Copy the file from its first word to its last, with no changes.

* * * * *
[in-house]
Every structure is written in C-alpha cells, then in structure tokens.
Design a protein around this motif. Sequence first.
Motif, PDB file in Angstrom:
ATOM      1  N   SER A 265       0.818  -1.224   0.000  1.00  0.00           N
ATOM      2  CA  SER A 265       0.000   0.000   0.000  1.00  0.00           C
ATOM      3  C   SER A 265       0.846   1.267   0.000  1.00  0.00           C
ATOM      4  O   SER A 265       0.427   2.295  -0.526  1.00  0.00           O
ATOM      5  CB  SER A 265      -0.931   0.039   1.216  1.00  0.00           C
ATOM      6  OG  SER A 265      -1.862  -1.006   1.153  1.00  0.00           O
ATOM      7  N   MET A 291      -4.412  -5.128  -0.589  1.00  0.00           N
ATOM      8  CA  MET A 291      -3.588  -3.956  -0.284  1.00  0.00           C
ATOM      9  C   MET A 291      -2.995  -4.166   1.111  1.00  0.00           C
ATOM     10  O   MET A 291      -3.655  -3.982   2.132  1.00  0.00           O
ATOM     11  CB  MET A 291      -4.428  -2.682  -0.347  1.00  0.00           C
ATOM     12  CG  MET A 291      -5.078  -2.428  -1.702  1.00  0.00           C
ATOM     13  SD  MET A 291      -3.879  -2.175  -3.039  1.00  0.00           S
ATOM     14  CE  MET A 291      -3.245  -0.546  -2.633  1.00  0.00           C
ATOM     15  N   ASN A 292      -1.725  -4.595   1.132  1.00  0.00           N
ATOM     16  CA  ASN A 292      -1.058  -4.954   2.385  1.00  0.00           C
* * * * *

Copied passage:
[in-house]
Every structure is written in C-alpha cells, then in structure tokens.
Design a protein around this motif. Sequence first.
Motif, PDB file in Angstrom:
ATOM      1  N   SER A 265       0.818  -1.224   0.000  1.00  0.00           N
ATOM      2  CA  SER A 265       0.000   0.000   0.000  1.00  0.00           C
ATOM      3  C   SER A 265       0.846   1.267   0.000  1.00  0.00           C
ATOM      4  O   SER A 265       0.427   2.295  -0.526  1.00  0.00           O
ATOM      5  CB  SER A 265      -0.931   0.039   1.216  1.00  0.00           C
ATOM      6  OG  SER A 265      -1.862  -1.006   1.153  1.00  0.00           O
ATOM      7  N   MET A 291      -4.412  -5.128  -0.589  1.00  0.00           N
ATOM      8  CA  MET A 291      -3.588  -3.956  -0.284  1.00  0.00           C
ATOM      9  C   MET A 291      -2.995  -4.166   1.111  1.00  0.00           C
ATOM     10  O   MET A 291      -3.655  -3.982   2.132  1.00  0.00           O
ATOM     11  CB  MET A 291      -4.428  -2.682  -0.347  1.00  0.00           C
ATOM     12  CG  MET A 291      -5.078  -2.428  -1.702  1.00  0.00           C
ATOM     13  SD  MET A 291      -3.879  -2.175  -3.039  1.00  0.00           S
ATOM     14  CE  MET A 291      -3.245  -0.546  -2.633  1.00  0.00           C
ATOM     15  N   ASN A 292      -1.725  -4.595   1.132  1.00  0.00           N
ATOM     16  CA  ASN A 292      -1.058  -4.954   2.385  1.00  0.00           C